Bridge column, September 22: If things go badly, hope they'll improve
No one can change that often.
Some contracts start out looking easy. But then there is a sudden bump in the road, perhaps a bad trump break. Do not give up hope -- unless your task is completely hopeless, of course! Change your plan; maybe things will improve. In other words, look for a way to get home anyway.
This is the sort of deal that an expert finds easy, but a less-experienced player has difficulty envisioning the layout that he needs for success.
South is in four spades. West starts the defense with three top hearts. After ruffing, what should South do? How should he continue when he learns that East has a definite trump trick?
Note North's two-no-trump response over West's takeout double. It shows at least four-card spade support and game-invitational values or better. Then, when South signs off in three spades, North's raise is borderline because he has so many losers. But a prudent pass would have ruined the column.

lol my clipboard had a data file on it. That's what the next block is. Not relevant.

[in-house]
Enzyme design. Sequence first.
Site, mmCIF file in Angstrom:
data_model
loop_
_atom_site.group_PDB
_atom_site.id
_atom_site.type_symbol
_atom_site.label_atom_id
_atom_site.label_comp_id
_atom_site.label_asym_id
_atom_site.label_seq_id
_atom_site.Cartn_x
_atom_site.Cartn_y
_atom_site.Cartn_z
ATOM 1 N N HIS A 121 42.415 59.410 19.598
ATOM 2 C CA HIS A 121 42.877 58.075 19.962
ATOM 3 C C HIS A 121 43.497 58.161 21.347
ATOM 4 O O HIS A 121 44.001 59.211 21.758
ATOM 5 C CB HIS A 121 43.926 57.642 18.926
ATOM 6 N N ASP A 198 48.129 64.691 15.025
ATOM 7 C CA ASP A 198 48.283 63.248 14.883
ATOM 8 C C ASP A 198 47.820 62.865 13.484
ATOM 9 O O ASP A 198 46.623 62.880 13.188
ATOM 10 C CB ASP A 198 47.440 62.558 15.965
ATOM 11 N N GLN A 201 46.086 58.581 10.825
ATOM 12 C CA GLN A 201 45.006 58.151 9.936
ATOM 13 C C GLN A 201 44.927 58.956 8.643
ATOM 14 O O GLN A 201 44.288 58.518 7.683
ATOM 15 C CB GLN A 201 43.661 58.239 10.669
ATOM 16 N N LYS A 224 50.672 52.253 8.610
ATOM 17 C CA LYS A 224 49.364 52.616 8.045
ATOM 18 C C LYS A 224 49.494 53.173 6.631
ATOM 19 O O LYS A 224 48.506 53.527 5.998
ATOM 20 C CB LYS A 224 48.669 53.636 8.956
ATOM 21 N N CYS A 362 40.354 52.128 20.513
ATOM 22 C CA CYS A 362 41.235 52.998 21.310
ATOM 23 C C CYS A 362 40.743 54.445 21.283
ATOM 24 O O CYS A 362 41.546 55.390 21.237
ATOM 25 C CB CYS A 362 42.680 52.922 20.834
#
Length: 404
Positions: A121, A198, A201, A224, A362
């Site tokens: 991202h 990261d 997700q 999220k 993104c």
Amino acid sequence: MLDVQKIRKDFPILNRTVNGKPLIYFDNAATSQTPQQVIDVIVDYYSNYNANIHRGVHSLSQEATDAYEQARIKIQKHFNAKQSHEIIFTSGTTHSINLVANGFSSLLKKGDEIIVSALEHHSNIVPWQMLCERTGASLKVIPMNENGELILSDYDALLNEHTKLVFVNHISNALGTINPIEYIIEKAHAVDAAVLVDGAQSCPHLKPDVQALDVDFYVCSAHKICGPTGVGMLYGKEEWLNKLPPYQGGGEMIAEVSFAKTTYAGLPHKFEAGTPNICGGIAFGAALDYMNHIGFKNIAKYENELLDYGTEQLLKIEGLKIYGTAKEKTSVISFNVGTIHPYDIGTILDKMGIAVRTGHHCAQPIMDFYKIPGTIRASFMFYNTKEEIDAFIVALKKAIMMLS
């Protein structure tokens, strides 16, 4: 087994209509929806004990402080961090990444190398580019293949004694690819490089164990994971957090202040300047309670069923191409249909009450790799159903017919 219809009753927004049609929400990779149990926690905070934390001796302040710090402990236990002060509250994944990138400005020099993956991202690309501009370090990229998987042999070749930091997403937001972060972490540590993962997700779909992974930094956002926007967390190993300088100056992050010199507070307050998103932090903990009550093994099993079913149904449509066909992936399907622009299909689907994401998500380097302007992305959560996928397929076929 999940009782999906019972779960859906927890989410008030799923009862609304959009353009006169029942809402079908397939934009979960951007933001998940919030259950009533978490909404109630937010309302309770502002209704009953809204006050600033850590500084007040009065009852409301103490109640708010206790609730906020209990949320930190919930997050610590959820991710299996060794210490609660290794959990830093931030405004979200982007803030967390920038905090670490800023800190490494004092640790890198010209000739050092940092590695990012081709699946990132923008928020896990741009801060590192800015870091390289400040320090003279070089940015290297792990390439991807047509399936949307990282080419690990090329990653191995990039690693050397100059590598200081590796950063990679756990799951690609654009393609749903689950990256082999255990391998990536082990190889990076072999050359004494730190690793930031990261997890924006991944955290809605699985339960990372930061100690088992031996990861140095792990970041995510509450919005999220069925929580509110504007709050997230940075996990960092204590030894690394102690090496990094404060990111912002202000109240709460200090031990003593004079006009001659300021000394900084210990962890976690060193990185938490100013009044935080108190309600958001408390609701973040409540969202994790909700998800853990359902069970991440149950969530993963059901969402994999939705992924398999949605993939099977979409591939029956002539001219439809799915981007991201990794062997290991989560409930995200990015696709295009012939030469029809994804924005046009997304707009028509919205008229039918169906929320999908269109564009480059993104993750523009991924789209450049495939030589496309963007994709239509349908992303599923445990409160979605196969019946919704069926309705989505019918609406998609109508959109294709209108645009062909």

Since West's double suggests spade shortage, at trick four South should lead a low spade to dummy's ace, hoping West has a singleton 10 or queen. When that does not materialize, the only chance is an endplay, which requires East to have at most two diamonds.
After two top spades, declarer takes his three club and two diamond winners, then leads a spade. When East has to return a heart or a club, South ruffs in his hand and sluffs dummy's last diamond.
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